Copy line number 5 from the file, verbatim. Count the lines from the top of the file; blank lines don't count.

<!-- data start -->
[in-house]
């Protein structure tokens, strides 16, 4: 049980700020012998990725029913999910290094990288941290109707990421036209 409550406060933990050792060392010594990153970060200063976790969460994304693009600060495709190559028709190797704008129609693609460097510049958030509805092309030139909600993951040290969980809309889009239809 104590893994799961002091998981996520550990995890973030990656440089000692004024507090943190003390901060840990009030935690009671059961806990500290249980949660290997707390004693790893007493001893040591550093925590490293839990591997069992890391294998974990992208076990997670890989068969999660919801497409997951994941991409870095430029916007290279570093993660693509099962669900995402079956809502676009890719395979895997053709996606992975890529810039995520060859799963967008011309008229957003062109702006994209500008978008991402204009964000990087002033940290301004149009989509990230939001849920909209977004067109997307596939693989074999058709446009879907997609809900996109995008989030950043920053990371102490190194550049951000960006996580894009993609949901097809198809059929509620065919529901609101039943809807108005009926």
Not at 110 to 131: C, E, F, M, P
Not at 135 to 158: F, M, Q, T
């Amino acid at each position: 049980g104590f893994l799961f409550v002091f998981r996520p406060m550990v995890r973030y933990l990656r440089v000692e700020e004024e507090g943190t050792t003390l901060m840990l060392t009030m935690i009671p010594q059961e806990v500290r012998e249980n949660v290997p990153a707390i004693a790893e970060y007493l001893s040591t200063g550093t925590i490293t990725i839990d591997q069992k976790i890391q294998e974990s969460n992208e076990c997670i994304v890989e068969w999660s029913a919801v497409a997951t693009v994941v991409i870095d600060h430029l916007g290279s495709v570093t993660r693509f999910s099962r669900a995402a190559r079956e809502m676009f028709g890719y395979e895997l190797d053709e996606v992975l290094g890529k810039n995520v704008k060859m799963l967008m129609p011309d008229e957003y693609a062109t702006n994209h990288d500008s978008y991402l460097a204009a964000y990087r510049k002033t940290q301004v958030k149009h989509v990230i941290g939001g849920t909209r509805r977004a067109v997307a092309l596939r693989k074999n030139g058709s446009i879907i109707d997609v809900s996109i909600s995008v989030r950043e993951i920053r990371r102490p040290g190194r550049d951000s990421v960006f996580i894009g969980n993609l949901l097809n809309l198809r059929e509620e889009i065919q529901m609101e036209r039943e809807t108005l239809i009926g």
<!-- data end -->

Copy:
């Amino acid at each position: 049980g104590f893994l799961f409550v002091f998981r996520p406060m550990v995890r973030y933990l990656r440089v000692e700020e004024e507090g943190t050792t003390l901060m840990l060392t009030m935690i009671p010594q059961e806990v500290r012998e249980n949660v290997p990153a707390i004693a790893e970060y007493l001893s040591t200063g550093t925590i490293t990725i839990d591997q069992k976790i890391q294998e974990s969460n992208e076990c997670i994304v890989e068969w999660s029913a919801v497409a997951t693009v994941v991409i870095d600060h430029l916007g290279s495709v570093t993660r693509f999910s099962r669900a995402a190559r079956e809502m676009f028709g890719y395979e895997l190797d053709e996606v992975l290094g890529k810039n995520v704008k060859m799963l967008m129609p011309d008229e957003y693609a062109t702006n994209h990288d500008s978008y991402l460097a204009a964000y990087r510049k002033t940290q301004v958030k149009h989509v990230i941290g939001g849920t909209r509805r977004a067109v997307a092309l596939r693989k074999n030139g058709s446009i879907i109707d997609v809900s996109i909600s995008v989030r950043e993951i920053r990371r102490p040290g190194r550049d951000s990421v960006f996580i894009g969980n993609l949901l097809n809309l198809r059929e509620e889009i065919q529901m609101e036209r039943e809807t108005l239809i009926g």